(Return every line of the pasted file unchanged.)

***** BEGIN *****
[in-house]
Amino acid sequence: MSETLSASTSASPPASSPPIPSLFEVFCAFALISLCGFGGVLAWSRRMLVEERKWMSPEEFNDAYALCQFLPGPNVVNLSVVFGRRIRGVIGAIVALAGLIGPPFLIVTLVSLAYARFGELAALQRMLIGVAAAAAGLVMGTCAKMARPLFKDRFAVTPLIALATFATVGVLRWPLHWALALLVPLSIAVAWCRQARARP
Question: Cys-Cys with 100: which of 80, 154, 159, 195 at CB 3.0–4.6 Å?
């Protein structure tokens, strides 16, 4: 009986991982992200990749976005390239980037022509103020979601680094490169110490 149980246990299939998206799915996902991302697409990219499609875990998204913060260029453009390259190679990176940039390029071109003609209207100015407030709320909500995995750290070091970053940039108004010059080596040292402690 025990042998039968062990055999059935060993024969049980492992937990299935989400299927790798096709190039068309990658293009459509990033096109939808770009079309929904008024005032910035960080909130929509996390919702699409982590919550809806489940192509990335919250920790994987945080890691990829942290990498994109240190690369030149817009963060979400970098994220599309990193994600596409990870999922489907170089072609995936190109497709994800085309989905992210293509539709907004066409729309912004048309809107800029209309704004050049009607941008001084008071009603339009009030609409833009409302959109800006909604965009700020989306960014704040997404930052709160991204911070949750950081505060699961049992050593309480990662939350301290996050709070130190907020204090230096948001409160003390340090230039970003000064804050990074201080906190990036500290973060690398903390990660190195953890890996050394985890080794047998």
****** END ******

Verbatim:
[in-house]
Amino acid sequence: MSETLSASTSASPPASSPPIPSLFEVFCAFALISLCGFGGVLAWSRRMLVEERKWMSPEEFNDAYALCQFLPGPNVVNLSVVFGRRIRGVIGAIVALAGLIGPPFLIVTLVSLAYARFGELAALQRMLIGVAAAAAGLVMGTCAKMARPLFKDRFAVTPLIALATFATVGVLRWPLHWALALLVPLSIAVAWCRQARARP
Question: Cys-Cys with 100: which of 80, 154, 159, 195 at CB 3.0–4.6 Å?
């Protein structure tokens, strides 16, 4: 009986991982992200990749976005390239980037022509103020979601680094490169110490 149980246990299939998206799915996902991302697409990219499609875990998204913060260029453009390259190679990176940039390029071109003609209207100015407030709320909500995995750290070091970053940039108004010059080596040292402690 025990042998039968062990055999059935060993024969049980492992937990299935989400299927790798096709190039068309990658293009459509990033096109939808770009079309929904008024005032910035960080909130929509996390919702699409982590919550809806489940192509990335919250920790994987945080890691990829942290990498994109240190690369030149817009963060979400970098994220599309990193994600596409990870999922489907170089072609995936190109497709994800085309989905992210293509539709907004066409729309912004048309809107800029209309704004050049009607941008001084008071009603339009009030609409833009409302959109800006909604965009700020989306960014704040997404930052709160991204911070949750950081505060699961049992050593309480990662939350301290996050709070130190907020204090230096948001409160003390340090230039970003000064804050990074201080906190990036500290973060690398903390990660190195953890890996050394985890080794047998």